My name is Kathleen Copeland-Fish, and I am a senior graduating this spring. I am working as a Conservation Biologist with Dr. Mike Gilmore from the New Century Learning College on a project based in Peru. In the Sucarsari River Basin, a tributary of the Amazon River, live a small tribe of indigenous Indians, the Maijuna. In the 19080’s and 90’s, their ancestral lands were threatened with logging and many of the animals they depended on for hunting had disappeared with the onset of the loggers. Dr. Gilmore helped lead the efforts to protect Maijuna lands and set them aside as a permanent sanctuary, acting as a go-between for the Maijuna, logging companies, and the Peruvian government. Since then, he has kept in contact with the Maijuna and done research with their approval in their lands and with their people.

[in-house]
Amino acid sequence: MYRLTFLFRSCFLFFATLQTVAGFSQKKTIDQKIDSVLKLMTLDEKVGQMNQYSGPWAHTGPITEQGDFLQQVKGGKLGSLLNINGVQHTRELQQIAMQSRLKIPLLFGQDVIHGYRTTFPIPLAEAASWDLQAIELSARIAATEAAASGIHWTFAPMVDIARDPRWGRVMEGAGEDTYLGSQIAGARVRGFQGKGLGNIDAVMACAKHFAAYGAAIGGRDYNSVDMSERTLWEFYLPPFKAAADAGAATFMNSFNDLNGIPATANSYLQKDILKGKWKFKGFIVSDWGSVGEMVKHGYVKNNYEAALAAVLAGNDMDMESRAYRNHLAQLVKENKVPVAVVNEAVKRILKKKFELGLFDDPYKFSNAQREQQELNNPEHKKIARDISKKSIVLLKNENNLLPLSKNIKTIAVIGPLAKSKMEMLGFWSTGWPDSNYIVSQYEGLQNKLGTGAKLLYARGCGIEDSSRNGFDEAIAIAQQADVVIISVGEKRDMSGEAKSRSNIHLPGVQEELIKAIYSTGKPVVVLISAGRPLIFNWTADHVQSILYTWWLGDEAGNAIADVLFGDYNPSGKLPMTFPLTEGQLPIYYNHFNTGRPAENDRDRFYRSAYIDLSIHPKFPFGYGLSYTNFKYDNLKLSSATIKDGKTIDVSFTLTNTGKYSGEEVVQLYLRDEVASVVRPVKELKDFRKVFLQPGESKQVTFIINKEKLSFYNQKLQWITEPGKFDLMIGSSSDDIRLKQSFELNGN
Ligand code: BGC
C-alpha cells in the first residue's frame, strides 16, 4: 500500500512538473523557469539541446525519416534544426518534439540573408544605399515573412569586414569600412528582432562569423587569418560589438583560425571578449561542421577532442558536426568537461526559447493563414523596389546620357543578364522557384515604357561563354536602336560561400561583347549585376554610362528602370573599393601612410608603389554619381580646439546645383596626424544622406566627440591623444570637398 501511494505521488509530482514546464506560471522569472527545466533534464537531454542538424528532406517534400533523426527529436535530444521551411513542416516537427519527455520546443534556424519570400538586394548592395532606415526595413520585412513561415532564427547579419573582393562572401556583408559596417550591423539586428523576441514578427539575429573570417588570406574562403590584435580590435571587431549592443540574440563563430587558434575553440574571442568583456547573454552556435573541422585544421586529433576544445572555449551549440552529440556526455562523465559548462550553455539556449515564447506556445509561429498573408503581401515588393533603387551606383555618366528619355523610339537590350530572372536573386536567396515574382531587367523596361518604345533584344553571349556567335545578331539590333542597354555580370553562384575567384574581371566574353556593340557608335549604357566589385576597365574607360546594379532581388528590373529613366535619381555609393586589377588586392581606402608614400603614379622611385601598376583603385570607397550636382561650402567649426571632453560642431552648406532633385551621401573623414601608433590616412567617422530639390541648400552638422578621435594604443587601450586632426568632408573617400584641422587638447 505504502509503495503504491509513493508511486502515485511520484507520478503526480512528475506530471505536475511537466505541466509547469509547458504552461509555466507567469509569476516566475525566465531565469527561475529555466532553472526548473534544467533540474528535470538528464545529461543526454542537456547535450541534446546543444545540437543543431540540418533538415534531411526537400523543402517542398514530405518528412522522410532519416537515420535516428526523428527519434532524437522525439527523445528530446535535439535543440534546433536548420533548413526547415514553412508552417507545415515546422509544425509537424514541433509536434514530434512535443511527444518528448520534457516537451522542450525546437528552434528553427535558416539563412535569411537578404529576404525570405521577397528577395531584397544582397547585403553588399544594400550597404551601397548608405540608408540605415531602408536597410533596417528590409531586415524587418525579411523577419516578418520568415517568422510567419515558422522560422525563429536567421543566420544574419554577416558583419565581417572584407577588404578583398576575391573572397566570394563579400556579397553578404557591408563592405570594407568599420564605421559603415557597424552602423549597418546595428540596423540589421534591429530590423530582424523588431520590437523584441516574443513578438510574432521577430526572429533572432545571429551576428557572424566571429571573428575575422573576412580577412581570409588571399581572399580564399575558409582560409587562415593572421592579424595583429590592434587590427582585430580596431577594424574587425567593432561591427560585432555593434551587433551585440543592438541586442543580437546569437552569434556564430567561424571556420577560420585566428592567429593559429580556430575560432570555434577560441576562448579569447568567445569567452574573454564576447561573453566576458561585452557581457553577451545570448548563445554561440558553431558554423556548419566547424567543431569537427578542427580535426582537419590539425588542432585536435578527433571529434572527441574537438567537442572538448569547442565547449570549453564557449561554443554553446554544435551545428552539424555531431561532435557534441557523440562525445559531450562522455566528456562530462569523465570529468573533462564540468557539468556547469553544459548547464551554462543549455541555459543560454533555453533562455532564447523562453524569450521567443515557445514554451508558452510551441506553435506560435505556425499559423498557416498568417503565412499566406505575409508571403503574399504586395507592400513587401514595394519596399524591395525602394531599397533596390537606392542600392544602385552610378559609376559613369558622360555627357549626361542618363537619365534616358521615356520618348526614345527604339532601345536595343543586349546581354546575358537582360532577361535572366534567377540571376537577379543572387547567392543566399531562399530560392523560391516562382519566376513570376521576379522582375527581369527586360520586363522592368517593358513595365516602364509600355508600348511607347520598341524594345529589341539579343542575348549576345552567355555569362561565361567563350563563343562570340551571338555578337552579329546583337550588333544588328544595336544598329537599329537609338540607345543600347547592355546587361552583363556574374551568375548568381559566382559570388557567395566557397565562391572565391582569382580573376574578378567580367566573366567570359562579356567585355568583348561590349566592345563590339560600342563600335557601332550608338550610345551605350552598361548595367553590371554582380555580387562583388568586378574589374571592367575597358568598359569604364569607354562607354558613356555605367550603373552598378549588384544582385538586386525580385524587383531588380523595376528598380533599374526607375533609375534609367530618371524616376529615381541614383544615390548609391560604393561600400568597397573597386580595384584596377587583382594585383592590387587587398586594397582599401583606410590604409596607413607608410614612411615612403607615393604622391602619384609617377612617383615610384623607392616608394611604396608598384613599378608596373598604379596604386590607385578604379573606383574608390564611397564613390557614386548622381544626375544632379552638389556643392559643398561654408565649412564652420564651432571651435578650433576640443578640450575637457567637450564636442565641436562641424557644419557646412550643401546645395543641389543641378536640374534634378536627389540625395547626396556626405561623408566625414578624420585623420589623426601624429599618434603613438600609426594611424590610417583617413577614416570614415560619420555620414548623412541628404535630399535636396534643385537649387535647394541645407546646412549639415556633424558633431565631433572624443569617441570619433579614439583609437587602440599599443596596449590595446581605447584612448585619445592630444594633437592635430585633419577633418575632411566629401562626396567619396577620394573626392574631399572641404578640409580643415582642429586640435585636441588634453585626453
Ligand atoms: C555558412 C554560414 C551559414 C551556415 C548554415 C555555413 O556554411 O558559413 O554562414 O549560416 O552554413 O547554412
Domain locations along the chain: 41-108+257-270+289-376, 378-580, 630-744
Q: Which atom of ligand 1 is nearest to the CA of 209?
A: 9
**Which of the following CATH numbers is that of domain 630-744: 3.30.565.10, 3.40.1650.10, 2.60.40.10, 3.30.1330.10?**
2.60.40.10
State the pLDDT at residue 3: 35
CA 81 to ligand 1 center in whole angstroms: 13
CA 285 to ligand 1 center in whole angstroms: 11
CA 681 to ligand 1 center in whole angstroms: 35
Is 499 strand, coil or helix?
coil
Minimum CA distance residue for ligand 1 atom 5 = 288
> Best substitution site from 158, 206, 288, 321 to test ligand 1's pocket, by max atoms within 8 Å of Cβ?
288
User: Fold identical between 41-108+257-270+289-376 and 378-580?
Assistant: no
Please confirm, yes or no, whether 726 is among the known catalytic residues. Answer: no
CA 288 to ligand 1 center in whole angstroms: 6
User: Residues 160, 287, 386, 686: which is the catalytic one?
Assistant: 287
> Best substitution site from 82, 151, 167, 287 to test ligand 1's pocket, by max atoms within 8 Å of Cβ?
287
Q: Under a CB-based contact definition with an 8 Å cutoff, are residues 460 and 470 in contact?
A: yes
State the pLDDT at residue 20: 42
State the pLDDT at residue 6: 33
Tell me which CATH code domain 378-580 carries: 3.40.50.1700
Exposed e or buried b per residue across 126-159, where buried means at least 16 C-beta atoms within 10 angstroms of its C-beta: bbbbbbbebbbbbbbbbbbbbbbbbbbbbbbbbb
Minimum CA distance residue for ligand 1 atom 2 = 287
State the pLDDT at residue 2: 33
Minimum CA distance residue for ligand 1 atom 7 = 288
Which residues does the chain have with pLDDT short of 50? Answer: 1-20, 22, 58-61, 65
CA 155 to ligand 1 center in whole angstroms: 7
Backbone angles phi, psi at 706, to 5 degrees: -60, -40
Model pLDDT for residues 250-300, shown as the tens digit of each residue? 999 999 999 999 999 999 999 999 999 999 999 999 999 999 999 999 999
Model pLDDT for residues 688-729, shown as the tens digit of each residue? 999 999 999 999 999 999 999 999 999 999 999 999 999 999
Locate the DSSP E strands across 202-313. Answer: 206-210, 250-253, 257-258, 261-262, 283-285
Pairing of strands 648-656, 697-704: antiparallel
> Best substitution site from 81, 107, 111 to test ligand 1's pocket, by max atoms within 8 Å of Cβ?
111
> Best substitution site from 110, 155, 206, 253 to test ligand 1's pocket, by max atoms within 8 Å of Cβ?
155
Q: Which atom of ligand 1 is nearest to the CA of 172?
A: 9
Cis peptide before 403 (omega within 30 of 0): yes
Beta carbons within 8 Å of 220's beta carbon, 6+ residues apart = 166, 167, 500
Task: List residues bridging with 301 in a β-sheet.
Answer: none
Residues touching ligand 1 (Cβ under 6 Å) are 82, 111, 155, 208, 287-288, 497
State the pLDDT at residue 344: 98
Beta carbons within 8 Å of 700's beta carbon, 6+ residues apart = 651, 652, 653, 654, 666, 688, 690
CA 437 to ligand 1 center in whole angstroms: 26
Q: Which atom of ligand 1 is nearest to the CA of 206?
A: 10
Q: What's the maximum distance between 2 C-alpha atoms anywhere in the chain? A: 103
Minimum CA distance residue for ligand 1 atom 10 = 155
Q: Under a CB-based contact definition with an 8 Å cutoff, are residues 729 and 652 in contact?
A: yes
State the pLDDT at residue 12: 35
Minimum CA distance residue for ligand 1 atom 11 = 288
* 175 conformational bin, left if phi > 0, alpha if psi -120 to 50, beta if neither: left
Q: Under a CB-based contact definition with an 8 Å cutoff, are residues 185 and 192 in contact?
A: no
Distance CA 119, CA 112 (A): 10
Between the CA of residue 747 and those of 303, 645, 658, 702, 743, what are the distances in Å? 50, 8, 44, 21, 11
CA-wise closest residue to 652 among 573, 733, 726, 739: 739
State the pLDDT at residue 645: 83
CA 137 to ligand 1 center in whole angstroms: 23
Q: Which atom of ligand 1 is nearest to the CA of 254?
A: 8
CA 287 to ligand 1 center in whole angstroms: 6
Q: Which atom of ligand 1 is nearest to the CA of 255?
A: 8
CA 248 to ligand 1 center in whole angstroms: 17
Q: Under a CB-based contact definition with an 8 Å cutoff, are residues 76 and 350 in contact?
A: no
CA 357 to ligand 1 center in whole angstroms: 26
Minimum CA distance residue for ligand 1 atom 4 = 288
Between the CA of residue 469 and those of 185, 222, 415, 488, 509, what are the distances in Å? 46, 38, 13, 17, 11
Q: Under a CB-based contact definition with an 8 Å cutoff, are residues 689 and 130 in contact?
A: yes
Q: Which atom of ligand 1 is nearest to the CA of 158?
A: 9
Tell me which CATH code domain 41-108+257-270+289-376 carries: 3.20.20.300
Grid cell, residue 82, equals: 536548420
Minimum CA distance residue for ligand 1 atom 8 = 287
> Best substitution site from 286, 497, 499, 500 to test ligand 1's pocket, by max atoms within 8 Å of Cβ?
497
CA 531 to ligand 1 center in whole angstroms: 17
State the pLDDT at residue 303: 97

My part in this research is that of data analysis. There are one hundred camera traps set in 273 square kilometer range, 40 of which are set in the rainforest canopy and 60 are set at the bases of trees. The goal of setting the camera traps is to record animal movement through the rainforest. The ten second video clips and pictures have been put on an external hard drive, which I then go through and score. I identify and tally the species that pass in front of the camera traps, and enter the data into a database. As I go through and watch the videos I have seen some of the most amazing animals in Peru. Jaguars, giant ant eaters, pumas, the rare short eared dog, and toucans are just a small sample of what I have seen. This research has taught me patients and perseverance when analyzing data, and taught me how to identify animals by fur patterns, the end of a tail, and a glimpse of a head. This will help me with data entry later in my career and has been a great way to get involved in research during my senior year.